Bare Metal Vs File-Level Backup
Bare Metal Vs File-level Backup
The importance of data in today's corporate world is akin to a heart in a human body. A company's reputation can be severely damaged if data is lost. Not only must data be backed up on a regular basis, it must be easily accessible and secure. Your backup strategy is like an insurance policy - it should include protection against hardware failures, viruses, data corruptions as well as a natural disaster.
When it comes to backup, you have a choice of either backing up the entire disk or the individual files. Each approach has pros and cons. This article makes compares these approaches in detail.
Bare Metal Backup
As the name suggests, a Bare Metal backup takes an image of the disk and backs it up to a backup repository. The backed up image can either be on a DAT tape, an external USB drive, on a private-cloud backup repository within your company or even on a public cloud. During restore, the entire disk can be restored in its pre-crash state. Many Bare Metal backup solutions store the backed up file as virtual hard drives. This will allow administrators to mount a VHD file into a live operating system and extracting individual files.
Unlike Bare Metal, a file-level backup system will only backup individual files rather than the entire system image. A user can decide a subset of files that are important and the software will then back up those files to the target media.
Comparison CriteriaWe will be comparing these approaches against the following criteria
A score is assigned from 1 to 10 for both approaches and a summary table is displayed towards the end of this article.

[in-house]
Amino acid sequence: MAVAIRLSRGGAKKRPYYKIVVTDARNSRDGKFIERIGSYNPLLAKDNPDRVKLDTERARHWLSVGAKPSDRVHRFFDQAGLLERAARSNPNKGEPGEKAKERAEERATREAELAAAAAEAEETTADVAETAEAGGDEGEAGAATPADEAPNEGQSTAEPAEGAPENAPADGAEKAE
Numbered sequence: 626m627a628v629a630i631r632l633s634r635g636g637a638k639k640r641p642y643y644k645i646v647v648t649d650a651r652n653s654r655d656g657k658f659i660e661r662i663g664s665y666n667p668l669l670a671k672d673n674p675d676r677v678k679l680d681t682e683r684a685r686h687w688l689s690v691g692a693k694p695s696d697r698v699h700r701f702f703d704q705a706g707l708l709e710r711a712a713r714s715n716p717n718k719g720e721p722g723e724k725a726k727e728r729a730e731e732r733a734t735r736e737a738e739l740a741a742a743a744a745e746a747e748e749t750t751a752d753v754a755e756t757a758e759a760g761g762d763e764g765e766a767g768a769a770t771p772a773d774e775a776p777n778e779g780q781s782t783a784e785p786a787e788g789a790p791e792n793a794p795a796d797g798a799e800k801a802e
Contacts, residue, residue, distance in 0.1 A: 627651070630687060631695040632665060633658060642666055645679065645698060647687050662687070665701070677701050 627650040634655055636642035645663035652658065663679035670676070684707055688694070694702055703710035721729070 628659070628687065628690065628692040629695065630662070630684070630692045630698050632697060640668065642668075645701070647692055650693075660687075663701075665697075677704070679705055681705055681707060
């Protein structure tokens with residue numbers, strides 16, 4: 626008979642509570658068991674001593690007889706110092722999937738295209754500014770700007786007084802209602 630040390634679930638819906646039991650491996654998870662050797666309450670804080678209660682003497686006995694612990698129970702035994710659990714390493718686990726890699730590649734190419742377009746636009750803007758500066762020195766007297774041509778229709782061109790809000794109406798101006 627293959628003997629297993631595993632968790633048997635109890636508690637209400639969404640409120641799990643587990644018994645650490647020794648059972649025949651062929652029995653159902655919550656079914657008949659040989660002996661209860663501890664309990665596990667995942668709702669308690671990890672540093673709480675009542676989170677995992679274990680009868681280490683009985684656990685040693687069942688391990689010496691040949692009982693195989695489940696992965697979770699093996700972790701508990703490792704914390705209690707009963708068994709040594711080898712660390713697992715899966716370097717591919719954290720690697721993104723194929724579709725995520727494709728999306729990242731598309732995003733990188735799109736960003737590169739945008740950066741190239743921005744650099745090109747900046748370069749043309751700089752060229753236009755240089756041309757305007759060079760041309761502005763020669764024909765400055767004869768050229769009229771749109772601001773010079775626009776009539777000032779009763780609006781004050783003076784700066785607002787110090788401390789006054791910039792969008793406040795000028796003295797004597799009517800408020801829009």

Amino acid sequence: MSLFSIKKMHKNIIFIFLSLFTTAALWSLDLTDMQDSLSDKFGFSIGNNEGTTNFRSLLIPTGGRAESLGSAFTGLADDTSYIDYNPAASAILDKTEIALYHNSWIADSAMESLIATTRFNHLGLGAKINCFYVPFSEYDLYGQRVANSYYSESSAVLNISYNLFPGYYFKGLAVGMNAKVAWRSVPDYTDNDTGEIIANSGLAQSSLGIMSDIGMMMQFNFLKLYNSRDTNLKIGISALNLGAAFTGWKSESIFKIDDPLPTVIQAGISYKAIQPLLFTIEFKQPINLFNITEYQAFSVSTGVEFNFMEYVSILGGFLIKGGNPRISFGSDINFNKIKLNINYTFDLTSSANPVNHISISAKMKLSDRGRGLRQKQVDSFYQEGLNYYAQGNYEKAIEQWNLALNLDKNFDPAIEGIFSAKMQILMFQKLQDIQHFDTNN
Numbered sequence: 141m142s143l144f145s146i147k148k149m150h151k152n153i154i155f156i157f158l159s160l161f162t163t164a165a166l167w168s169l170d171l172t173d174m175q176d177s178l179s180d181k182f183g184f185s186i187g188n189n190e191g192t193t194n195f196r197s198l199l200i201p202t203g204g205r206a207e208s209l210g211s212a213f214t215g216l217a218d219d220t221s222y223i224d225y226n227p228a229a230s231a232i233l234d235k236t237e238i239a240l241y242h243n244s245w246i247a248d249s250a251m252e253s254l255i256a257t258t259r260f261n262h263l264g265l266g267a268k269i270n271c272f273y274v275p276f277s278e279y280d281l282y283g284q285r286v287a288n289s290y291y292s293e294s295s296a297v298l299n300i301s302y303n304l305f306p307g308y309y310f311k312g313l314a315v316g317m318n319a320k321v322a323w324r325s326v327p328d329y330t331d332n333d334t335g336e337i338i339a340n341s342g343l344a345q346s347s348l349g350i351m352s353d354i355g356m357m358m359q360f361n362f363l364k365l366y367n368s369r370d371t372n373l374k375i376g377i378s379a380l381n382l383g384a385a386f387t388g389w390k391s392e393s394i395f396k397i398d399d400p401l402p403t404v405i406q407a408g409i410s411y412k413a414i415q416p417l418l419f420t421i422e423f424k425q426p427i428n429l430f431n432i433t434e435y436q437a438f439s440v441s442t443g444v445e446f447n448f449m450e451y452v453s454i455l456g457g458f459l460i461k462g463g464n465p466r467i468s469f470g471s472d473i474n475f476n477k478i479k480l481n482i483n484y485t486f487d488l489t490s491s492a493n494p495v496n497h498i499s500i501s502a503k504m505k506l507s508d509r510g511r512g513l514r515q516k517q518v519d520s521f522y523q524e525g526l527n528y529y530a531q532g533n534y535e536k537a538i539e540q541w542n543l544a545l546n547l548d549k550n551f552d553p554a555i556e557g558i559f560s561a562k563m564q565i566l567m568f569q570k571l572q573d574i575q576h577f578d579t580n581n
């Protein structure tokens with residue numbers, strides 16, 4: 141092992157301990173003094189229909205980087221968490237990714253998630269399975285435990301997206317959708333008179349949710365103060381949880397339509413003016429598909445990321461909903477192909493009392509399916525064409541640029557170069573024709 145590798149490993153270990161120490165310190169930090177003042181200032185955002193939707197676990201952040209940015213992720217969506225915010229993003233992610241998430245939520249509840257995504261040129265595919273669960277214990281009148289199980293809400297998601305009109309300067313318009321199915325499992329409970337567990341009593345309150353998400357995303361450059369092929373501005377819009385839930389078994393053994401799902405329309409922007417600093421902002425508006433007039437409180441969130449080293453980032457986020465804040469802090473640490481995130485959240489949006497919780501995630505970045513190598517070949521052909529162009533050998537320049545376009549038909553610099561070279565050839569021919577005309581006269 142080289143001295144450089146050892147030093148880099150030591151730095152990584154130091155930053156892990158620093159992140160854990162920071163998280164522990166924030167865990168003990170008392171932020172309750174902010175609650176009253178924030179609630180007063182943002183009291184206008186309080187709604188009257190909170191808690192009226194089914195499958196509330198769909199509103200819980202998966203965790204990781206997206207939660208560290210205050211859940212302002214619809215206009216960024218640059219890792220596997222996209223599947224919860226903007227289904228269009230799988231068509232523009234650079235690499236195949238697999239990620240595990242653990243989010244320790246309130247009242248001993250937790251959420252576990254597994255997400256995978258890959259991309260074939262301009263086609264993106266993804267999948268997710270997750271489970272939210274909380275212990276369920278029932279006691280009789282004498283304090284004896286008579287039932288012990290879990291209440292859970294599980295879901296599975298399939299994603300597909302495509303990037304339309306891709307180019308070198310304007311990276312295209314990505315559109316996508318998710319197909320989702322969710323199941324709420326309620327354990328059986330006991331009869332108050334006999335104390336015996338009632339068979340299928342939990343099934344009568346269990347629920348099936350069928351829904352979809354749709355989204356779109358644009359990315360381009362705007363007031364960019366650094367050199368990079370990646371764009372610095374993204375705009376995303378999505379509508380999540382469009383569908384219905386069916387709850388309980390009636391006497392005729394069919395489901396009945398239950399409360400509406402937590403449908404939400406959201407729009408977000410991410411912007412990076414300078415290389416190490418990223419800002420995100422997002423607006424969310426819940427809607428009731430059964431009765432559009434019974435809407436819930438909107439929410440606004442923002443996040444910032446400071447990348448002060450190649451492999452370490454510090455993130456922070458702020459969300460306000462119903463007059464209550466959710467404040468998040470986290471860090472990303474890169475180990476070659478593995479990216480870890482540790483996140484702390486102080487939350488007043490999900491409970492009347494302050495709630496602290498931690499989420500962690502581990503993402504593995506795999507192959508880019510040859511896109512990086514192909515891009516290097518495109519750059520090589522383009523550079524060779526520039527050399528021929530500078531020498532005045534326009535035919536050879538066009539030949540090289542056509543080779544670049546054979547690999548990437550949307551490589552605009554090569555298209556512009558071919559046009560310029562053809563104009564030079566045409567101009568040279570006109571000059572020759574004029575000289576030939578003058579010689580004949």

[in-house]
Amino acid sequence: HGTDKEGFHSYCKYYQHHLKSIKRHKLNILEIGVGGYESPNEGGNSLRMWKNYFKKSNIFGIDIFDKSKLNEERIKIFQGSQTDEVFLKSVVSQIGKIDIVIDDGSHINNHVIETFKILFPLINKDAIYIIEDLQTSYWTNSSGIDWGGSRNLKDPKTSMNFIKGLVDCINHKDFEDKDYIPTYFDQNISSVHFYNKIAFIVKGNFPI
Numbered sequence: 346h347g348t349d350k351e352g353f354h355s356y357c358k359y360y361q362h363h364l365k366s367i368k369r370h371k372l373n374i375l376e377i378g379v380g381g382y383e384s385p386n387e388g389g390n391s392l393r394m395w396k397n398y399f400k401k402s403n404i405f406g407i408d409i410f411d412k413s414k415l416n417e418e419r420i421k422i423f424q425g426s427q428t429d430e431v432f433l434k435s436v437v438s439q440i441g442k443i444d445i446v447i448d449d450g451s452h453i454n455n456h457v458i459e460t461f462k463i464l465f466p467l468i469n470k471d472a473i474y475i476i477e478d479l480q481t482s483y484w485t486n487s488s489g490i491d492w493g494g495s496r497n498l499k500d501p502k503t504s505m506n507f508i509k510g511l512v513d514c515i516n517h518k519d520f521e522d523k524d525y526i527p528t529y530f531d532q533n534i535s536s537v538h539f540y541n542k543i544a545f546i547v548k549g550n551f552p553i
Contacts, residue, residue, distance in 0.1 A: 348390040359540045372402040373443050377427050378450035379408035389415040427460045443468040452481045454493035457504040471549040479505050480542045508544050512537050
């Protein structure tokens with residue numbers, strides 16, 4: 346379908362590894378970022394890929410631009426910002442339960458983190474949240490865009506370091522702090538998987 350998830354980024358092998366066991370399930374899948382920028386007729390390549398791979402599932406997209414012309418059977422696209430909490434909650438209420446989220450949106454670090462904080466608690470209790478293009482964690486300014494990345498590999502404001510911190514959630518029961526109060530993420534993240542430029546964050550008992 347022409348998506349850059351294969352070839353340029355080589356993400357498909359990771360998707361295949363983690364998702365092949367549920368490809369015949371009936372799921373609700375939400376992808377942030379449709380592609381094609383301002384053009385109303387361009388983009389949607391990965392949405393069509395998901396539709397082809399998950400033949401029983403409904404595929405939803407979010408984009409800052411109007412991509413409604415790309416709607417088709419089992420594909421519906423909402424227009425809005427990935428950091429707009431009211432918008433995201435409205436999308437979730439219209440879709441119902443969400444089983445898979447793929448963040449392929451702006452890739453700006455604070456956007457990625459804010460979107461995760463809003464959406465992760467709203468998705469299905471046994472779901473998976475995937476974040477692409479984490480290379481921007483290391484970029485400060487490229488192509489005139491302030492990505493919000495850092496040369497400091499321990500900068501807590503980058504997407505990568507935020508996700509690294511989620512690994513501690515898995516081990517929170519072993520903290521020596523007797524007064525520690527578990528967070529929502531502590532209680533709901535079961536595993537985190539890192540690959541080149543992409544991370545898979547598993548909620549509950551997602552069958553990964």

Protection against total hardware failure
The ability to restore an entire disk to its previous state makes Bare Metal backups undoubtedly better than File-Level. Using previously backed up disk images allow administrators to rebuild a crashed computer quickly.
Recovery time is longer when restoring a File-level backup. A typical restore will involve reinstalling the entire operating system from its original disk, reinstalling the software applications and then finally restoring individual data files from the back up.
Partial hardware failure
Bad sectors on a disk constitute a partial hardware failure. Many Bare Metal backup systems will fail during backup if they encounter a physically damaged disk, allowing users to fix the problem before it too late. Although some backup vendors allow an option to ignore bad sectors and continue with a backup, you may run into problems when it's time to restore. Either way, the entire backup is affected if there are bad sectors on the disk.
A File-Level backup is more forgiving when it comes to partial disk failures. In this case files residing on a bad sector will error out during backup but the remaining files should get backed up.
Protection against viruses and malware
Often viruses stay dormant on a machine for quite some time and become active on a certain day. Some malware software continue running in a stealth mode without any visual indication.
Viruses can be assigned into three categories: